Eleven Women From Foreign Nations But Studying in the United States Have Been Awarded Rhodes Scholarships

The Rhodes Trust has recently announced the 2019 cohort of Rhodes Scholars selected from Rhodes constituencies outside the United States. There are 16 international Rhodes Scholars who are attending or have recently graduated from American colleges and universities. Out of the 16 international scholars at American educational institutions who have been awarded Rhodes Scholarships, 11 are women.

Majd Abdulghani is from Saudi Arabia. She is a geneticist currently working in the Cheung Lab at the University of Michigan Life Sciences Institute. While obtaining her master’s degree, she proposed a research project that uncovered genes that may play a role in pregnancy disorders. Abdulghani holds a bachelor’s degree in clinical laboratory science from King Saud University and a master’s degree in genetics and genomics from Iowa State University.

Yan Chen is from China. Currently, she serves as an artistic apprentice at Hartford Stage, a Tony Award-winning nonprofit theatre in Connecticut. She studied arts criticism as a fellow at the Eugene O’Neil Theatre Center’s National Critics Institute and volunteers as an editor at TheTheatreTimes.com, a global theatre news platform. Chen holds a master’s degree in dramaturgy and theatre studies from the A.R.T. Institute at Harvard University.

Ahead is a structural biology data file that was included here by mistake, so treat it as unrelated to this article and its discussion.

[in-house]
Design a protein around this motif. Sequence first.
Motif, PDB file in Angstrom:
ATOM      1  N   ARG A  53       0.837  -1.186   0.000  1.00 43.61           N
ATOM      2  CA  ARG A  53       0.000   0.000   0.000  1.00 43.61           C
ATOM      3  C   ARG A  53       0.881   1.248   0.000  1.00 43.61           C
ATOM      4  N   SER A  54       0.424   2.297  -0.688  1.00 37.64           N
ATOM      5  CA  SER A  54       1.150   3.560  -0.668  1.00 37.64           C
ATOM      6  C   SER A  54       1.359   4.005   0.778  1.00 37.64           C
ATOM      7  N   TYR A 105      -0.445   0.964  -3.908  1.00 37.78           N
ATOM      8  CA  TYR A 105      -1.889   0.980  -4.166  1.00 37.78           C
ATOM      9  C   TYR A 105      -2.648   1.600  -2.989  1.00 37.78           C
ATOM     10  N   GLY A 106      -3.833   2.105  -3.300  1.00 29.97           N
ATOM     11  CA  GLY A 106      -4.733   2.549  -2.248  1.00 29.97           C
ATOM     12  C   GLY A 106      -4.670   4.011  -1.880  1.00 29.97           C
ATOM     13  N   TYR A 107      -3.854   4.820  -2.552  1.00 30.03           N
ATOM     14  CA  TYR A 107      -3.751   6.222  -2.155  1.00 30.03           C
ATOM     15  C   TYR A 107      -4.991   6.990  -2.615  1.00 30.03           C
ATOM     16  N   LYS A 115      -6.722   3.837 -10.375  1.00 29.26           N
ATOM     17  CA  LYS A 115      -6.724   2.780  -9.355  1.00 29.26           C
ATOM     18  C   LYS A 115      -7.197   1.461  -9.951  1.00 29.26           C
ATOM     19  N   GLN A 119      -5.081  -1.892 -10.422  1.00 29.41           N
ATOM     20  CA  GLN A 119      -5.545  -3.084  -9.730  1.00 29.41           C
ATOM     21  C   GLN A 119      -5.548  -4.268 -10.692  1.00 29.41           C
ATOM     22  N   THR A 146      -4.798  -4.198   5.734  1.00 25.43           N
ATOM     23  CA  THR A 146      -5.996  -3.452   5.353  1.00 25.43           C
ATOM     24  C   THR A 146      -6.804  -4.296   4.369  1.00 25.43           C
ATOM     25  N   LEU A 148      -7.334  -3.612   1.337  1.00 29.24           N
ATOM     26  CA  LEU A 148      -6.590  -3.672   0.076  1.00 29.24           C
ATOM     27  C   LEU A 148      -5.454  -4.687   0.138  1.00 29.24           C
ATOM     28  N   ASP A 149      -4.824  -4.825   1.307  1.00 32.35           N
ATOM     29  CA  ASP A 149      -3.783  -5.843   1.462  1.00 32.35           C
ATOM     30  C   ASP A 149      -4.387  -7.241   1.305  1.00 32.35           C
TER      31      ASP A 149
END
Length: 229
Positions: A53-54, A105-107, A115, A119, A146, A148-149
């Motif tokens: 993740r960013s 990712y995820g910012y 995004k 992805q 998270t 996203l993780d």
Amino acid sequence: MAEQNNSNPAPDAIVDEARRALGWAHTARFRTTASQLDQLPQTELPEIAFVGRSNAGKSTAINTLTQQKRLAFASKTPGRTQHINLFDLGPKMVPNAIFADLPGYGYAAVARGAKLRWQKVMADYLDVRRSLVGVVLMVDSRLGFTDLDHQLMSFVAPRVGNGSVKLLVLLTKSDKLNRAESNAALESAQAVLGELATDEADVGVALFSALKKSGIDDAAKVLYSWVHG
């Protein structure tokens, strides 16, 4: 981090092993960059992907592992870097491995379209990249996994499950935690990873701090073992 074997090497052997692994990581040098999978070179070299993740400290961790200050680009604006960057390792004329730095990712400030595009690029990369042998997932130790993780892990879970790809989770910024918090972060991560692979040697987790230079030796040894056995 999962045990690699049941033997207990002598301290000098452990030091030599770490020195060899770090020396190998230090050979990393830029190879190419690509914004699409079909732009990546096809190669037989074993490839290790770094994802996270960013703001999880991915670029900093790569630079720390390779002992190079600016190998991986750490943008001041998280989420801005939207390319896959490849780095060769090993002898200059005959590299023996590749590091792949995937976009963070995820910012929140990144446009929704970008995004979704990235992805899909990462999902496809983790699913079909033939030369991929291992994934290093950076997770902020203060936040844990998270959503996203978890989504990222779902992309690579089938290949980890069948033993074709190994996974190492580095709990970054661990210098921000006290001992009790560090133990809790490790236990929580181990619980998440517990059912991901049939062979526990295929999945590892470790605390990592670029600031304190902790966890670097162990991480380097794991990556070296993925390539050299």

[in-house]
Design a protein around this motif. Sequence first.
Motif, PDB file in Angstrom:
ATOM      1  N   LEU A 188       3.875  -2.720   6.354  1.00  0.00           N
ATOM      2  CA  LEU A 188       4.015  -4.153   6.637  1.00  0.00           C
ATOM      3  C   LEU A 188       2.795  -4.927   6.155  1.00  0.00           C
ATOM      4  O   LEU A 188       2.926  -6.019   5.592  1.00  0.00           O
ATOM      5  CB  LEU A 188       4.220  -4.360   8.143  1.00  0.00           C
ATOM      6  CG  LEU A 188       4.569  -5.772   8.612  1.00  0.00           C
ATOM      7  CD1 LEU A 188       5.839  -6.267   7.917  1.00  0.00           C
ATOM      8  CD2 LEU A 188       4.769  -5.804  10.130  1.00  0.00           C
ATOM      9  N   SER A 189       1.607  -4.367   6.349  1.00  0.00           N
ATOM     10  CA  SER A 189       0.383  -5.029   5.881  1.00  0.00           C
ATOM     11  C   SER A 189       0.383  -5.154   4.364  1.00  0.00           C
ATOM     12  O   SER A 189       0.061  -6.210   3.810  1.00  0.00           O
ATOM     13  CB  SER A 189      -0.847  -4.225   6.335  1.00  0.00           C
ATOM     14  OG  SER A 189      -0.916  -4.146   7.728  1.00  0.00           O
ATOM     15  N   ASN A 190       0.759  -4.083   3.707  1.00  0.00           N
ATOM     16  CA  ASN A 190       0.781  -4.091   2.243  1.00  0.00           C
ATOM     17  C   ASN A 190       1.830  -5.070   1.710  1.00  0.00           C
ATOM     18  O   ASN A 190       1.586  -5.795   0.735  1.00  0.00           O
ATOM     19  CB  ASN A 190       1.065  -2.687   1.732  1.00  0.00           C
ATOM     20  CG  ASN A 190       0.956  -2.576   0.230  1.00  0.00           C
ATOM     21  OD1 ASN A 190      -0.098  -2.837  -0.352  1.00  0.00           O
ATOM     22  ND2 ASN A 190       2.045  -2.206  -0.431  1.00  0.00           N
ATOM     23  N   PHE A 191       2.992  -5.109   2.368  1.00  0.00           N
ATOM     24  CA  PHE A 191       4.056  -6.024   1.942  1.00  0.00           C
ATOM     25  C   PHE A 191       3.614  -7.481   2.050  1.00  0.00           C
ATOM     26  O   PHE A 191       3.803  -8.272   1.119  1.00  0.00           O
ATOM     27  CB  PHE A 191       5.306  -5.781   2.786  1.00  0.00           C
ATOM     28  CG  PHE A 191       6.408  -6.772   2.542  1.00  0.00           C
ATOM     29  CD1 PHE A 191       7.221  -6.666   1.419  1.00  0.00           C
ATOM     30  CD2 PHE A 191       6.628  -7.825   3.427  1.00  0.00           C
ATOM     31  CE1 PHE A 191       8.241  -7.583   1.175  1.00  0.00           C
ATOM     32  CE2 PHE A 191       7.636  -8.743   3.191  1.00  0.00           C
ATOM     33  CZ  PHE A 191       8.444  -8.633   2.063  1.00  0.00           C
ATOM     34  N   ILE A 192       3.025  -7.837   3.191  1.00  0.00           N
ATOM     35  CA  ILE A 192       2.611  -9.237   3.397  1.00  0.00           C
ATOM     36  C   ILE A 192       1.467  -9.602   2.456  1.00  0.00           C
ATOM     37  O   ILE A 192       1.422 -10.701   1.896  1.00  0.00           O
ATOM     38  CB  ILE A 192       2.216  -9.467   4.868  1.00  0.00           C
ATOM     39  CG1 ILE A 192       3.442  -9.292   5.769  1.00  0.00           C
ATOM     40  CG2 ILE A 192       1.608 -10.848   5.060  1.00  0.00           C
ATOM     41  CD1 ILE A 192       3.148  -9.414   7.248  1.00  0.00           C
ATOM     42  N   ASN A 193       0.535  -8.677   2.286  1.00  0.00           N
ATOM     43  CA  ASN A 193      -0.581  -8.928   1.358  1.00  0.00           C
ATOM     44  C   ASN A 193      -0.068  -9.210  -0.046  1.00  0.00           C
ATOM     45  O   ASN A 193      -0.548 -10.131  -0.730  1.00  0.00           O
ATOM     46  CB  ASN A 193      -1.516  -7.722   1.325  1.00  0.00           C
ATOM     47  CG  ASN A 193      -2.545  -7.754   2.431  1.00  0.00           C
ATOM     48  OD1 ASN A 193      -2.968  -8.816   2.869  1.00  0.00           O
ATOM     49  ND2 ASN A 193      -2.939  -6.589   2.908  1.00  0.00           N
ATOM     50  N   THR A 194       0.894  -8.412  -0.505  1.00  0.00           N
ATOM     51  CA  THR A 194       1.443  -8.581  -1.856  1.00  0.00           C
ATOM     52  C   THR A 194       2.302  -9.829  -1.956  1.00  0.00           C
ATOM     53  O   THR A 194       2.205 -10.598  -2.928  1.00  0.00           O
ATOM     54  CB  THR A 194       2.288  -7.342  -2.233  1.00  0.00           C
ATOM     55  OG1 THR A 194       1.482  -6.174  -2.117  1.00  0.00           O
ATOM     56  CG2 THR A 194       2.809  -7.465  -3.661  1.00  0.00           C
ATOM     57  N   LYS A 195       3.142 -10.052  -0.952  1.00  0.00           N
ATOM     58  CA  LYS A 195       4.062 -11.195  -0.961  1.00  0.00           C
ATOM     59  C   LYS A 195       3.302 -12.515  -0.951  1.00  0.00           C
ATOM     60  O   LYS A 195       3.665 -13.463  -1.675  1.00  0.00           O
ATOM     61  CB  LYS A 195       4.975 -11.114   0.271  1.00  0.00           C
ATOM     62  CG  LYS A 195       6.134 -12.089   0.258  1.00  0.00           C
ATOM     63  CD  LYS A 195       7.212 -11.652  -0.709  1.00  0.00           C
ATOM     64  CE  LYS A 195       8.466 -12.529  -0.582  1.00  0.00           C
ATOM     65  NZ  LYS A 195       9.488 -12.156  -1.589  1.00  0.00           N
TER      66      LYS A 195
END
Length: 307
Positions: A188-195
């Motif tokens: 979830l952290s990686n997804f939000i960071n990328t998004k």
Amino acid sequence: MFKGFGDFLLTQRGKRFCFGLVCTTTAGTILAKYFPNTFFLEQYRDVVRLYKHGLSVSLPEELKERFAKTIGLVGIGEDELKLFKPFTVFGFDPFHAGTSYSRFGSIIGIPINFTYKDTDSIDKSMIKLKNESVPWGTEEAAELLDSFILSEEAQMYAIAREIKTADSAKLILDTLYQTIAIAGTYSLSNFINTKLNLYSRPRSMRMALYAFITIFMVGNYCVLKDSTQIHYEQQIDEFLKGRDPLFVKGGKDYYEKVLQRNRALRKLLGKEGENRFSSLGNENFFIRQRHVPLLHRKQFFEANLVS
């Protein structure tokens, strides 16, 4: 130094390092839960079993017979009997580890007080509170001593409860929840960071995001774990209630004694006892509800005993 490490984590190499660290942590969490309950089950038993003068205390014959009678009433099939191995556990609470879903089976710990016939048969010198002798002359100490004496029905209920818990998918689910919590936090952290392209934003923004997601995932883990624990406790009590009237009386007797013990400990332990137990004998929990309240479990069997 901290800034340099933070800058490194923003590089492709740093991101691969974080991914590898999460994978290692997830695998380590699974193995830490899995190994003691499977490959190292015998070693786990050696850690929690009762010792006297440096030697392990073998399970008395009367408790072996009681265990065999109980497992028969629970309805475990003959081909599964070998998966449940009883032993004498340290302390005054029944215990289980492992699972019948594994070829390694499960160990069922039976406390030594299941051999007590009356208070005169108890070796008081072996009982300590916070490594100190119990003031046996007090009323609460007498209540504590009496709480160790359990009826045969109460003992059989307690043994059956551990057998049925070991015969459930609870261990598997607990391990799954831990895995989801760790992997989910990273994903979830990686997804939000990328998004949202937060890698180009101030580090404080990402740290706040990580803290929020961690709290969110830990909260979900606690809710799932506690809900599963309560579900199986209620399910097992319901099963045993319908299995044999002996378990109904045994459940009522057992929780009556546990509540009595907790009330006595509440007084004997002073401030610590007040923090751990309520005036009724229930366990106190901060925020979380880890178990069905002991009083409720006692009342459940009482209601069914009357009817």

Claudia Kahindi is from Kenya. She is a development assistant at Legal Outreach, an educational nonprofit in New York City. During her undergraduate education at Wesleyan University, she launched an educational project in her hometown Kilifi and served as senator of the Wesleyan Student Assembly, residential advisor, KenSAP President, member of the African Students Association Board, and member of the Patricelli Centre for Social Entrepreneurship Board. Kahindi graduated with honors from the College of Social Studies at Wesleyan University. She has a multidisciplinary major of history, government, economics, and social theory/political philosophy with an African studies minor.

Shantel Marekera is from Zimbabwe. She is the founder of the Little Dreamers Foundation, a subsidized preschool for orphaned and vulnerable children. Additionally, she currently serves as global peace ambassador for Zimbabwe. Marekera is a summa cum laude graduate of Arizona State University where she completed both her bachelor’s degree and master’s degree in justice studies in only four years.

Mattea Mrkusic is from New Zealand. During her undergraduate education at Harvard, she wrote a thesis about climate change and migration in the Republic of Kiribati, which won Harvard’s Thomas T. Hoopes Award. After graduating, she co-founded “Collapse the Distance,” a storytelling project that aims to educate citizens of high carbon-emitting countries about climate impacts in the Pacific Region. Mrkusic is an honors graduate of Harvard University where she majored in environmental studies and human rights.